Tuesday, 28 June, 2022
HomeThePrint EssentialWhy sugarcane farmers in Maharashtra are up in arms against mill owners

Why sugarcane farmers in Maharashtra are up in arms against mill owners

Text Size:

Recent protests sparked by sugar mills’ move to pay farmers at a rate of Rs 2,300 per tonne while the FRP is Rs 2,850 per tonne.

Mumbai: Violent protests against sugar mill owners by sugarcane farmers in western Maharashtra over a delay and only partial payment of their dues were suspended late Monday after negotiations with the sugar mills.

Farmers have agreed to give sugar mill owners time till 28 January to arrange funds for making full payment of dues to sugarcane growers in the region.

The move comes after the protests where farmers in Sangli, Satara, Solapur and Kolhapur stopped harvesting and transportation of sugarcane. Some farmers even torched offices of sugar mills and forcibly shut their field offices last week.

What’s the price issue?

Farmers say sugar mills usually pay the Fair and Remunerative Price (FRP) in full to farmers within 14 days of the sugarcane being taken for crushing. However, this time, within two months of the crushing season, till 31 December 2018, sugar mills owed arrears of Rs 4,575.53 crore to sugarcane farmers, as per data from Maharashtra government’s sugar commissioner’s office. The total FRP due to the farmers is Rs 7,450.9 crore.

The recent protests have been sparked by sugar mills’ decision to pay farmers at a rate of Rs 2,300 for every tonne of cane crushed, even as the FRP is Rs 2,850 per tonne.

Angry farmers have threatened to prevent Bharatiya Janata Party (BJP) president Amit Shah from visiting Kolhapur on 24 January if their grievances are not addressed.

The protests could have political implications for the Lok Sabha and state elections later this year.

Why has it come to pass?

Sugar factories are hamstrung by a glut in sugar production, falling prices of sugar in the domestic market as well as a slow pace of exports. Mill owners say the current selling price of sugar is not enough to recover the cost of production. They have expressed their inability to pay the FRP, in full, in one installment.

This is unacceptable to most farmers.

Also read: Financial distress driving farmer suicide, mass revolt likely: Sharad Pawar tells Modi

Politics of sugarcane

The politics in the sugar belt of western Maharashtra have added fuel to the conflict.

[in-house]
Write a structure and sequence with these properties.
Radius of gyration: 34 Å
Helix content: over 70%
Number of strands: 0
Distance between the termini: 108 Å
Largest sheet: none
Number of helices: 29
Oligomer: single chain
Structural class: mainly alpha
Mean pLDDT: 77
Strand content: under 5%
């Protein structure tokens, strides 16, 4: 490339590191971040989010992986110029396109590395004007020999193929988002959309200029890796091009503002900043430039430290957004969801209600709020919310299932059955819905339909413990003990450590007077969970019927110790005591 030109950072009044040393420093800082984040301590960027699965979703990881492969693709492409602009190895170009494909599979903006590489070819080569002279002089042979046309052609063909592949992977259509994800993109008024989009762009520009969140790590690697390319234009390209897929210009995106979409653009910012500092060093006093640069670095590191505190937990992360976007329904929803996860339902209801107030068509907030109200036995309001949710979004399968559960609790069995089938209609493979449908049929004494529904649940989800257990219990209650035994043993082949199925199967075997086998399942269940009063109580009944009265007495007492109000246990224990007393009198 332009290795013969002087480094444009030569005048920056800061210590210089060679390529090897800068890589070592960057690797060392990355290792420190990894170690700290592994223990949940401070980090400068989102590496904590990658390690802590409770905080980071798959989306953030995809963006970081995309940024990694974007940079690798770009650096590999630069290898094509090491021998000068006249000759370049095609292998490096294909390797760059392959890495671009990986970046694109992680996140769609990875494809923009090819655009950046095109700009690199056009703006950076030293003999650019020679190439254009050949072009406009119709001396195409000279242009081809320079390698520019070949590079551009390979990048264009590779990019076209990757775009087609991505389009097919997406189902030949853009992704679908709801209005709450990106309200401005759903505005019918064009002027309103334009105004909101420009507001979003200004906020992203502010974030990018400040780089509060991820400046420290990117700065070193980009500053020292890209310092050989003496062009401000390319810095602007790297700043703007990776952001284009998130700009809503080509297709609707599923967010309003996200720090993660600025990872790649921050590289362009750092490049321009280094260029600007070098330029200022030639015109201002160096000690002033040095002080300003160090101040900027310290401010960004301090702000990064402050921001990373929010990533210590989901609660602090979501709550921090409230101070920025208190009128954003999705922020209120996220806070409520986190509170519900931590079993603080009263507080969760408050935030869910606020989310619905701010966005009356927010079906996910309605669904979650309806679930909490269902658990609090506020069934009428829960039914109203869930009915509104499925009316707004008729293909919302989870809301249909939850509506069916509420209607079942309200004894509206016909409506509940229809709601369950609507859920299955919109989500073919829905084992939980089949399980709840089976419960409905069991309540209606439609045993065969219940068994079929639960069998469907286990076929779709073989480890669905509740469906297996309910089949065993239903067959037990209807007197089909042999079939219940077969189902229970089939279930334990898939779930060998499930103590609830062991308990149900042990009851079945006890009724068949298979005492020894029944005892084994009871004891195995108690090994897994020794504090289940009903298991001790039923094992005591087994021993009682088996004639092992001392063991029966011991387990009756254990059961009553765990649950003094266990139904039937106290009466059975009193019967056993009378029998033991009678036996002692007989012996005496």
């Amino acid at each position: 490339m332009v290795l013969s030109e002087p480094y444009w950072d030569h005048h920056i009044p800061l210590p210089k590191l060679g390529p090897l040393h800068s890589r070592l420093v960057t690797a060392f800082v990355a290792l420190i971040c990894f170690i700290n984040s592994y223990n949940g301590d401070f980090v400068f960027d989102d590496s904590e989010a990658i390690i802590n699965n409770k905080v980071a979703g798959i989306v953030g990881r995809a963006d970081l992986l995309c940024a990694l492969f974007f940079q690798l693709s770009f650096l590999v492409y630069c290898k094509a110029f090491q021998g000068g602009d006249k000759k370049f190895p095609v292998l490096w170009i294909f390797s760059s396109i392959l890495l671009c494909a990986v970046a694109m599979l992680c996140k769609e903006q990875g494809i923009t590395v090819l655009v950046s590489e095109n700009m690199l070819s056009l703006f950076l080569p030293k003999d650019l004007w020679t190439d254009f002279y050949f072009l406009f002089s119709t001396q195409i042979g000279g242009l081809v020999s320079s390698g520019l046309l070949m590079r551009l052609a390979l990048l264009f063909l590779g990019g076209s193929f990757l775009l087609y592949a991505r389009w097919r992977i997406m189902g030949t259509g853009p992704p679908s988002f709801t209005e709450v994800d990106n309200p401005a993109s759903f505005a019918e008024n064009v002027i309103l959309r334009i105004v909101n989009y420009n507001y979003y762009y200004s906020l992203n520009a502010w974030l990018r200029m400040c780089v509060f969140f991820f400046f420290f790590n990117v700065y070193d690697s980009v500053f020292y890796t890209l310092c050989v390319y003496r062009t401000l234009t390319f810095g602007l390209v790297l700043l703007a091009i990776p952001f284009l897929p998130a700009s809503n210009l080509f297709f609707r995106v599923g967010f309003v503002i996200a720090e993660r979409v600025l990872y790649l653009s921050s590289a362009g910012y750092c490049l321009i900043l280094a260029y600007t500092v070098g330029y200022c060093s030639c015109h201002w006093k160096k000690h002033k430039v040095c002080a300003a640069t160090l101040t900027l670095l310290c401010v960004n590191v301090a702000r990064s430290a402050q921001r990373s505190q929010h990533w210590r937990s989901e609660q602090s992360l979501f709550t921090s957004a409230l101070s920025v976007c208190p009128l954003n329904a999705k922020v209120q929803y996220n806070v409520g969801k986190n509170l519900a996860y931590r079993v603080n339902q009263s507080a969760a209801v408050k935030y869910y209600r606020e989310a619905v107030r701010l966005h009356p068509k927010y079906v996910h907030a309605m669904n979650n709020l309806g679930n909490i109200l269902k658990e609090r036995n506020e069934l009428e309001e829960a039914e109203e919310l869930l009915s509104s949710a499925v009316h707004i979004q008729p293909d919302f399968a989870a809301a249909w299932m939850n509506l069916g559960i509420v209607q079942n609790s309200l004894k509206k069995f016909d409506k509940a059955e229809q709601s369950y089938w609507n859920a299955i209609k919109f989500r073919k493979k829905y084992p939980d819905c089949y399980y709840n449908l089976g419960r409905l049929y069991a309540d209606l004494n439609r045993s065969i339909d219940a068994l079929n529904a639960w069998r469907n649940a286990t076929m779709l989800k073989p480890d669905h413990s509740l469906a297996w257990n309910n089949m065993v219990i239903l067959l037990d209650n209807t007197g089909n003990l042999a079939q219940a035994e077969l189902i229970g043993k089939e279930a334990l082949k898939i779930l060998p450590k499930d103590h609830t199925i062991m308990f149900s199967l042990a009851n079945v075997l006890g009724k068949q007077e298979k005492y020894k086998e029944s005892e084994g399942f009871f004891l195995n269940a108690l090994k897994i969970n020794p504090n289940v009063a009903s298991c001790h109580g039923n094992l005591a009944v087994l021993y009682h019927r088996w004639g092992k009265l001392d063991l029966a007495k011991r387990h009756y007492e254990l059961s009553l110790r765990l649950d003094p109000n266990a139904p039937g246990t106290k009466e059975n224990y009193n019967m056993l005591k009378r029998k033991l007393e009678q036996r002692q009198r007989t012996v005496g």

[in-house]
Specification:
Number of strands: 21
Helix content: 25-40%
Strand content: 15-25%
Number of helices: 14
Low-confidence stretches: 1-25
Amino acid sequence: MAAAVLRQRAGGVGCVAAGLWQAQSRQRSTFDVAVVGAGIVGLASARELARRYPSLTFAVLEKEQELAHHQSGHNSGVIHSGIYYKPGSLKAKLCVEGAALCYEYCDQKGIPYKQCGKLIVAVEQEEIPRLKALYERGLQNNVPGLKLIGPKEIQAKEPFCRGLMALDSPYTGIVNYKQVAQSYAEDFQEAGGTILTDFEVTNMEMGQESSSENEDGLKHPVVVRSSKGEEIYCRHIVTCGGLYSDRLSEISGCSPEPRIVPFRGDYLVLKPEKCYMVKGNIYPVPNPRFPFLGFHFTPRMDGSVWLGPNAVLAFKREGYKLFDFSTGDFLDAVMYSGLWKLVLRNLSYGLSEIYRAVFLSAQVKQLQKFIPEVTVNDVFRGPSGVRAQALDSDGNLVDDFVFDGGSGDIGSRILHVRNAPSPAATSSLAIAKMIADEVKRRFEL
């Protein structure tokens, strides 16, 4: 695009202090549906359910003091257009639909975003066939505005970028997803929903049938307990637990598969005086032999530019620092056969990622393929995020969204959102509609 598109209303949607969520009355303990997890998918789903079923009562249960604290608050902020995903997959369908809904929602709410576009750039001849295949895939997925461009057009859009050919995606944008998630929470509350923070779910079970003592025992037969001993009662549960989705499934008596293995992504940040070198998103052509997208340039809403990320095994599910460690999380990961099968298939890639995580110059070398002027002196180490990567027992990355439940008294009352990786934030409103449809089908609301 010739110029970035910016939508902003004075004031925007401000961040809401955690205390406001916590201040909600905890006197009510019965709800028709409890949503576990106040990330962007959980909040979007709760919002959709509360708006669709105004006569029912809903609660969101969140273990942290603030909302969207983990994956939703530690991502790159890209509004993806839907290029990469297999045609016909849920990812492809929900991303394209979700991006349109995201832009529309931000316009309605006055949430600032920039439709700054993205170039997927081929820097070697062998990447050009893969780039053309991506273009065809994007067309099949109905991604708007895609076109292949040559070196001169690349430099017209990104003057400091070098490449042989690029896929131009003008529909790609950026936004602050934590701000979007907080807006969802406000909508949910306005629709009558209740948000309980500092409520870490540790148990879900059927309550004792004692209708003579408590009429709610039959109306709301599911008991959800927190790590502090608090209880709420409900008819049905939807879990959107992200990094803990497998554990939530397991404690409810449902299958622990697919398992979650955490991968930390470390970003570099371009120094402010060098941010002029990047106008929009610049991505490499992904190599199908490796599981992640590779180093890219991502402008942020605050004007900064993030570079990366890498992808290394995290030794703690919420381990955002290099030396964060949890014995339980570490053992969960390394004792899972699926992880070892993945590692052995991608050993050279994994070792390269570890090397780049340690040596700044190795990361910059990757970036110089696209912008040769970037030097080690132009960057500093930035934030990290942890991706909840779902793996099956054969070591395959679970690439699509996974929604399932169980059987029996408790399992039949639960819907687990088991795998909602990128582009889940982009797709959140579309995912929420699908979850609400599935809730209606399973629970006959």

Raju Shetti, a Swabhimani Paksha MP, has taken the lead in the sugarcane farmers’ protests. Shetti left the National Democratic Alliance in August 2017, saying the government had done little to curb farmers’ distress.

A large number of sugar mills in western Maharashtra are controlled by leaders of the opposition Congress and Nationalist Congress Party (NCP). The two parties are in talks with Shetti to include his party in their alliance.

NCP chief Sharad Pawar has demanded that the state government give a Rs 500-crore relief package to sugar mills so that they can clear the FRP. Meanwhile, mill owners demanded a Rs 500-per tonne price at a meeting with Maharashtra Chief Minister Devendra Fadnavis last week.

What have state & central governments done so far?

The BJP-led governments at the state and Centre, however, have done little to douse the ongoing protests.

Fadnavis has said that he has requested the Union government to increase the minimum ex-mill sale price of sugar from Rs 29 kg to Rs 31 per kg but nothing has been done.

Speaking in Solapur district last week, Union Minister Nitin Gadkari attributed the current crisis to global factors. He said the solution is to move away from sugar production and turn to production of ethanol instead.

Also read: Modi govt to announce income support scheme for farmers before Union Budget


Subscribe to our channels on YouTube & Telegram

Why news media is in crisis & How you can fix it

India needs free, fair, non-hyphenated and questioning journalism even more as it faces multiple crises.

But the news media is in a crisis of its own. There have been brutal layoffs and pay-cuts. The best of journalism is shrinking, yielding to crude prime-time spectacle.

ThePrint has the finest young reporters, columnists and editors working for it. Sustaining journalism of this quality needs smart and thinking people like you to pay for it. Whether you live in India or overseas, you can do it here.

Support Our Journalism


  1. More than moving from sugar to ethanol, the long term solution is to move from cultivation of sugarcane to other crops.

Comments are closed.

Most Popular